James: Opportunities are a little bit scary, because sometimes we actually have the best intentions but we may not be actually carry off the end result that the opportunity represents, because we may not have the resource, we may not have the passion, we may not have the skills necessary to set it off. So we have to be pretty careful when we say yes to something. It’s as simple as knowing the fundamental thing that if you say no to something, it’s like saving your power to when you get to say yes. You’ve got it there, you do have a finite capacity as an individual. You can leverage things, you can systemize things, you can strategize things, but at some point you run out of capacity. So there’s a few ways we can sort of represent this with a metaphor. We might delve into a couple of those to explain it better.
Tim: Yeah, absolutely! Absolutely! So well, why don’t you start, mate? Just jump right in.
James: Alright. Well, let’s say we went down at the beach. And—
Tim: With the Freedom Ocean beach?
James: Absolutely! We’re down at the Freedom Ocean, we look across and within eyesight we can see a wonderful little tropical island, and they’re giving away ice creams and beer and they’ve got music playing, it looks a lot of fun! And we think, that’s the goal. That is the destination, that’s where I want to be.
Tim: It’s the bright, shiny object.
James: So we saunter down to the water and we hop in, we dive in, and we’re swimming towards that beautiful tropical island, which is just within eyesight. But as we swim, there are invariably currents that start to move us around a little bit. And what we need to do is we need to occasionally look up and make sure that we’re still on track. So this is all consistent with goal setting.
But you know, what a lot of people do, they know where they want to go, they know what they’re going to do when they get there, they’re passionate about it, but invariably they get distracted. They get confused, they might see a nice lady surfer go past on her surfboard and turn around and look at that, or they’d find an abandoned jet ski that’s ready to go, full of fuel and what an opportunity! I can just jump on this jet ski and I can muck around for a while. And suddenly we’re taking ourselves off track from the tropical island. Next thing you know, we’re five kilometers out to sea, we’ve run out of petrol, the island’s nowhere to be seen, and we’re like “Wow! What am I doing here? How did this happen?” Yeah.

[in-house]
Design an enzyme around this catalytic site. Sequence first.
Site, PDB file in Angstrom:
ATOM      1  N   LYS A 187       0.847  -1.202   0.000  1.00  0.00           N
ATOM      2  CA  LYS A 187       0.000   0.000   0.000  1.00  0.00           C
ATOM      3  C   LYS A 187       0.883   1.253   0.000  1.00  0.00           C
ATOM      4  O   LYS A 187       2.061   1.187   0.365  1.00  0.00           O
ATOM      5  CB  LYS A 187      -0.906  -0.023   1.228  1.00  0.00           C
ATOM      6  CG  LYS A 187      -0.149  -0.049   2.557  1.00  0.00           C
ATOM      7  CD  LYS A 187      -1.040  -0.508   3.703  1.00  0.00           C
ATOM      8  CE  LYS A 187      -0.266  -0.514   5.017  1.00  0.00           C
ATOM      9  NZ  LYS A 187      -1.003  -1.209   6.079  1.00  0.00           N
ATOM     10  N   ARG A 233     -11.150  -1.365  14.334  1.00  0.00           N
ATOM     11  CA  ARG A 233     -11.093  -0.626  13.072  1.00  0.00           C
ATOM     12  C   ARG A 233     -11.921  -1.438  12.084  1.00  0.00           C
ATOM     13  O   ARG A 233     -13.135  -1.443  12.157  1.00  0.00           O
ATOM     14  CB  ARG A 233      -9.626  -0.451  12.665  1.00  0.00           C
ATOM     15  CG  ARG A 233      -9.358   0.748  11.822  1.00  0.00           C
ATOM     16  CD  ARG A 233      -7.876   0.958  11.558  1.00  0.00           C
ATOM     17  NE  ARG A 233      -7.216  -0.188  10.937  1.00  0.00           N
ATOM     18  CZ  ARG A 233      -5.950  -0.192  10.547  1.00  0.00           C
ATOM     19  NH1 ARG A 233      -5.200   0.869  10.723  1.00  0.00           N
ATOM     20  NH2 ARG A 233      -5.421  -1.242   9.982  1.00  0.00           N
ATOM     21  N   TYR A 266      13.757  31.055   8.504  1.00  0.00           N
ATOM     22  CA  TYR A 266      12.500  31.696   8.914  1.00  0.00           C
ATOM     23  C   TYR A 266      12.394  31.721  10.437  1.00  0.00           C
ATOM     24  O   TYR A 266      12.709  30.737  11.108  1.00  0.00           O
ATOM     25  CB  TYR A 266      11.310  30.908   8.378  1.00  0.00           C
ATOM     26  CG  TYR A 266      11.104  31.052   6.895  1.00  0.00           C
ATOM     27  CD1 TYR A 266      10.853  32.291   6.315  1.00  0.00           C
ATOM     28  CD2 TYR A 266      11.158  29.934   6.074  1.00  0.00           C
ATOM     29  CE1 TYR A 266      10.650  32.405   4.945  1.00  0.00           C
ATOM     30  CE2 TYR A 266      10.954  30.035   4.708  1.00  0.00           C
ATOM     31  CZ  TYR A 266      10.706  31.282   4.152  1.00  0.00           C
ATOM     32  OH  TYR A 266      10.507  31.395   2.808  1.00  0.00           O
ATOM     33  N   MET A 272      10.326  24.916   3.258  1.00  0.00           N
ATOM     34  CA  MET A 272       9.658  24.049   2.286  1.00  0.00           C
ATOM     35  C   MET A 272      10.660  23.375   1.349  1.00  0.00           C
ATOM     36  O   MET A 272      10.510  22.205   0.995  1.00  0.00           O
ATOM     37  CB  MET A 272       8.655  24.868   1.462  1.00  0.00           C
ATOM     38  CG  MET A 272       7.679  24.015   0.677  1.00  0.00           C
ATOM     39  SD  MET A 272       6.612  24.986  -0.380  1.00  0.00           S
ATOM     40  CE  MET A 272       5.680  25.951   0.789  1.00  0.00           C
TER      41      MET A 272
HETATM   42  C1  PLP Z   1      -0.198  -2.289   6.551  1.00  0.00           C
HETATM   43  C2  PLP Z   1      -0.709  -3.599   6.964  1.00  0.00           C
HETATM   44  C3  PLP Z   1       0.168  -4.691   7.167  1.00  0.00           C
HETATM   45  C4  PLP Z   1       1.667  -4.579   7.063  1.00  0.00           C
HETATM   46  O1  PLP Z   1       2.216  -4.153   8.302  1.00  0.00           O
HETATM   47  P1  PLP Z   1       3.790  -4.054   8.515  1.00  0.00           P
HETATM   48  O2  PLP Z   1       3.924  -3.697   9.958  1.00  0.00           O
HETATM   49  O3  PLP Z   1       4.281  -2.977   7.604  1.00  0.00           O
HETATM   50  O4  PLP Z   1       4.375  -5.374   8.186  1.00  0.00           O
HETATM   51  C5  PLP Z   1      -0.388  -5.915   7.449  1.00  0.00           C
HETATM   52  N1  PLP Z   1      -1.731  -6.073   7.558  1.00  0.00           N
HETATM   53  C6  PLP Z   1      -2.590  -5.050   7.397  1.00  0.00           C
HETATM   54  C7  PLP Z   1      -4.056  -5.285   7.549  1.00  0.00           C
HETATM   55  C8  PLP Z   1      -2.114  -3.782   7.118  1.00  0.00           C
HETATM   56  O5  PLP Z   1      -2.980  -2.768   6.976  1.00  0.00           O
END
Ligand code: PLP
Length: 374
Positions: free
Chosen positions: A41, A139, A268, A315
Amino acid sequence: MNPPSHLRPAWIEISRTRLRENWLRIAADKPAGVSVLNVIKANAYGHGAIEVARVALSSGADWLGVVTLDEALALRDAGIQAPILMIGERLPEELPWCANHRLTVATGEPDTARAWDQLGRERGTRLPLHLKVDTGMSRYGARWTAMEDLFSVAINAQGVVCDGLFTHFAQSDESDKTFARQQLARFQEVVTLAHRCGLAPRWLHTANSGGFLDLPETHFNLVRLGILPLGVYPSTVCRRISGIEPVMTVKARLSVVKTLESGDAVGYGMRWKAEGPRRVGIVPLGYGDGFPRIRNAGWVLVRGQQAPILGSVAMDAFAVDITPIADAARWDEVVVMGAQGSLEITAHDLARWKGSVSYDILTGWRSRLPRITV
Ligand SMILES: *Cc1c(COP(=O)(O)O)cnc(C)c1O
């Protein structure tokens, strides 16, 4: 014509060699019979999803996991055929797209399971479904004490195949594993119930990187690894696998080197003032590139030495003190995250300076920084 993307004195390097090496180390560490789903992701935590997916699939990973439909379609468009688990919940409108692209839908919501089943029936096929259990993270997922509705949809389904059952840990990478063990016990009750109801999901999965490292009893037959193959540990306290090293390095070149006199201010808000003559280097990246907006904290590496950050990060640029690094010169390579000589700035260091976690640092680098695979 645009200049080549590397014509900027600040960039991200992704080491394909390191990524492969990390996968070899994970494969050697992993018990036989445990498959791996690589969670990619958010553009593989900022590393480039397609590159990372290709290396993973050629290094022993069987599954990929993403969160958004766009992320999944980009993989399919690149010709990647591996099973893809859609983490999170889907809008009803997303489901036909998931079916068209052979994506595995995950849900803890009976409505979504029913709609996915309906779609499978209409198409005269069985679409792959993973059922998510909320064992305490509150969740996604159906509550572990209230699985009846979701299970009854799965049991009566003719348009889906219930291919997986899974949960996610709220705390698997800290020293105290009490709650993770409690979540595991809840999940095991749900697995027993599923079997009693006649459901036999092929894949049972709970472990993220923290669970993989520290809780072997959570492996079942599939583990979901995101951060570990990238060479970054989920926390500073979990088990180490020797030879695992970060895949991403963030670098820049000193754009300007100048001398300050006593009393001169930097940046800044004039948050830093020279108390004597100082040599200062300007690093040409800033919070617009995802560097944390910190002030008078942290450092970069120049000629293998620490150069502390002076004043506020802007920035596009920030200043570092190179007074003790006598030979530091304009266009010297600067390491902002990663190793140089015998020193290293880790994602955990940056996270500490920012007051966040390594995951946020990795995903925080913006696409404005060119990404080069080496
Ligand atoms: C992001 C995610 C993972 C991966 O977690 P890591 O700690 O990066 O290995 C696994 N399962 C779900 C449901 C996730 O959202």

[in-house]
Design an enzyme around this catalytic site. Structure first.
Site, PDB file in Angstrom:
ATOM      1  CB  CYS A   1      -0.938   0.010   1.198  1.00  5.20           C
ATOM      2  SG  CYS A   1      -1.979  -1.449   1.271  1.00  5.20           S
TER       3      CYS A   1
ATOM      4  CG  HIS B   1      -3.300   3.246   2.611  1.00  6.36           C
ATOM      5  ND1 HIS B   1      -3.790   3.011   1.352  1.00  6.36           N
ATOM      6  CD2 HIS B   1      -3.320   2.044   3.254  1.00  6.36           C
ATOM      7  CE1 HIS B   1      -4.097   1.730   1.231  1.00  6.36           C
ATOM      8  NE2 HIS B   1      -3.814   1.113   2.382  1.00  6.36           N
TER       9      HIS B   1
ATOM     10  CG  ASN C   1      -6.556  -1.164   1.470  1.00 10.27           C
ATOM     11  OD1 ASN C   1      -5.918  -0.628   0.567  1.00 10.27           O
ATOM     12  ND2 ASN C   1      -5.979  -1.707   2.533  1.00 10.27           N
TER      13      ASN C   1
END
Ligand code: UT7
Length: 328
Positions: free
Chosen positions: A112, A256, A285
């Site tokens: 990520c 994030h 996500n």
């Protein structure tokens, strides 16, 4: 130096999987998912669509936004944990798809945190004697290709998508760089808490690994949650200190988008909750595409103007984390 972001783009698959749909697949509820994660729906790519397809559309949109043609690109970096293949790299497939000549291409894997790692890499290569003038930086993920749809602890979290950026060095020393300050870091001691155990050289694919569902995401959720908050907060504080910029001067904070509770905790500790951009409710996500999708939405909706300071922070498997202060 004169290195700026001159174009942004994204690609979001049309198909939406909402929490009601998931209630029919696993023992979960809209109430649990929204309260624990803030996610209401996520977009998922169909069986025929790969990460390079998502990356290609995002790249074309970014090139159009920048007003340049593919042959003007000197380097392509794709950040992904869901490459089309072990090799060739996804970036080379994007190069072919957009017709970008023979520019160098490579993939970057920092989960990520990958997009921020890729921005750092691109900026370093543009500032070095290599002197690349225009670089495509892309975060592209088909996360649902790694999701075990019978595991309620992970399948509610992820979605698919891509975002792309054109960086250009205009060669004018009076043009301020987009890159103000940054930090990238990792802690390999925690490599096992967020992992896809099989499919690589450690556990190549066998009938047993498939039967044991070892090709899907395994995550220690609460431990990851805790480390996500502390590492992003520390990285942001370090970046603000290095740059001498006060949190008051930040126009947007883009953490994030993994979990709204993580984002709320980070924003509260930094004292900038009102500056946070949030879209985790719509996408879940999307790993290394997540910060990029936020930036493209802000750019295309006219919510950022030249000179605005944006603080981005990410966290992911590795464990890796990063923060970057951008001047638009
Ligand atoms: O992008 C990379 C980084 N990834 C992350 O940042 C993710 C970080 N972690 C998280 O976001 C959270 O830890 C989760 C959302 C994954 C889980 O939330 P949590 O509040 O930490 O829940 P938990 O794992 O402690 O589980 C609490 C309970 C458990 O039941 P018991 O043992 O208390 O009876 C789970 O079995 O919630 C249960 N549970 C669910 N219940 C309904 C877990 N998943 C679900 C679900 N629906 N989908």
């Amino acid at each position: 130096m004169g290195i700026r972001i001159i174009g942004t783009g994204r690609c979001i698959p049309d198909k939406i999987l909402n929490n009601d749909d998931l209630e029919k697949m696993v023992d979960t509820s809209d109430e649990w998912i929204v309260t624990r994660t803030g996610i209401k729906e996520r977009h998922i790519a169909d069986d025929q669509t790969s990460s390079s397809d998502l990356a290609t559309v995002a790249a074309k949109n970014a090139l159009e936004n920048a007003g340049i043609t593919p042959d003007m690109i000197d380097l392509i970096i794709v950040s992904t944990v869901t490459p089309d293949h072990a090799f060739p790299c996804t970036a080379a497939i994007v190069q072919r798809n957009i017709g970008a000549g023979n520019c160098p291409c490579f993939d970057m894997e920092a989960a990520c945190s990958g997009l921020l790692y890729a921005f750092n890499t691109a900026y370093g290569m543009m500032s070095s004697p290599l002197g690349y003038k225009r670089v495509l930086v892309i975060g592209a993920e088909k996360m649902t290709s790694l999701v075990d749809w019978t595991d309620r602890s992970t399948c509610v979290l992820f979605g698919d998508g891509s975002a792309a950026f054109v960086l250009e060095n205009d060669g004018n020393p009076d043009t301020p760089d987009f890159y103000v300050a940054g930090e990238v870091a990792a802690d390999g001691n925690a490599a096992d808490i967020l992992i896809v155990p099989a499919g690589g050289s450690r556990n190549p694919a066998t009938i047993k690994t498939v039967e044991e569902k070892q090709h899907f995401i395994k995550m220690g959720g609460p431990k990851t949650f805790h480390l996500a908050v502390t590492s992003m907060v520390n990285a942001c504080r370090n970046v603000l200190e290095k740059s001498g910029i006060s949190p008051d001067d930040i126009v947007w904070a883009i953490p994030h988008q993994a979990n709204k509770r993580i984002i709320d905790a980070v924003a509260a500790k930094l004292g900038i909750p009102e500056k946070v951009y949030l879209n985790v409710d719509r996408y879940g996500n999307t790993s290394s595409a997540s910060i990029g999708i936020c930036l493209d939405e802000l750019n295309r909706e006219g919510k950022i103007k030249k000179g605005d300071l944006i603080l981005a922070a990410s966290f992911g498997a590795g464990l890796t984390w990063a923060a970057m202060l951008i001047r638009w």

Tim: Pretty crazy beach! We’ve got lady surfers just kind of scooting past and abandoned jet ski’s.
James: But it can happen! This is like us, we’re along in our business and, you know, there are distractions. We’re here, from a further bright, shiny objects. And you know what the reality is? It’s actually, sometimes the things that we need to do to get where we want to get to aren’t as exciting as the alternatives. In any office, there are plenty of things that could distract us, even in the home environment, you know, that 50-inch television screen is only a short walk away, if you decide that’s going to be easier to just sit down and watch a DVD or play something instead of doing what needs to be done. And I’m sure we all loll around those really important jobs because they’re not as exciting. So it’s quite easy to say something that is more desirable than the thing that we have to do. So that’s one aspect of it.
The other aspect of it is that sometimes we’re absolutely petrified of what could happen if we do the things we know that could make us hugely successful, because it does involve change. And when we change, when we go through that change process, if we do publish something that’s fanatically popular, it’s going to bring attention to us. It’s going to change our perception in the marketplace. It’s going to increase our workload, with customer’s that are going to invite new opportunities that might push off our comfort barriers. So again, we sometimes press jobs away. We sometimes say yes to the easy things and we sort of avoid doing the difficult things.
Tim: And I’ll add to that too, James. I think there’s definitely the bright, shiny object syndrome. There is definitely this element of it’s going to require change and, you know, almost a fear of success too, in some people. I also add to that, this concept of the missed opportunity. And I think, one of the main reasons we say yes to so many things is because one of them, we think, might just get some traction. We just don’t know which one! And that is not probably the right criteria for saying yes. It’s not a numbers game, it’s much more. It’s less quantity and more quality, isn’t it?
James: Yes. So really, if we were just to summarize what we said, having a very, very clear picture of what the right thing to do is, that is very important. You’ve got to know what the right things are. And secondly, if you know what they are, you have to be unyielding on your passion for pursuing that. And when things pop-up that don’t fit the criteria, you’ve got to be able to say no. I’ll give you another example. When I used to be in the car dealership, we used to get the opportunity to buy trade ins. And people would come to our dealership and offer to sell us a Mercedes Benz that we could then buy and put on our sales lot and sell.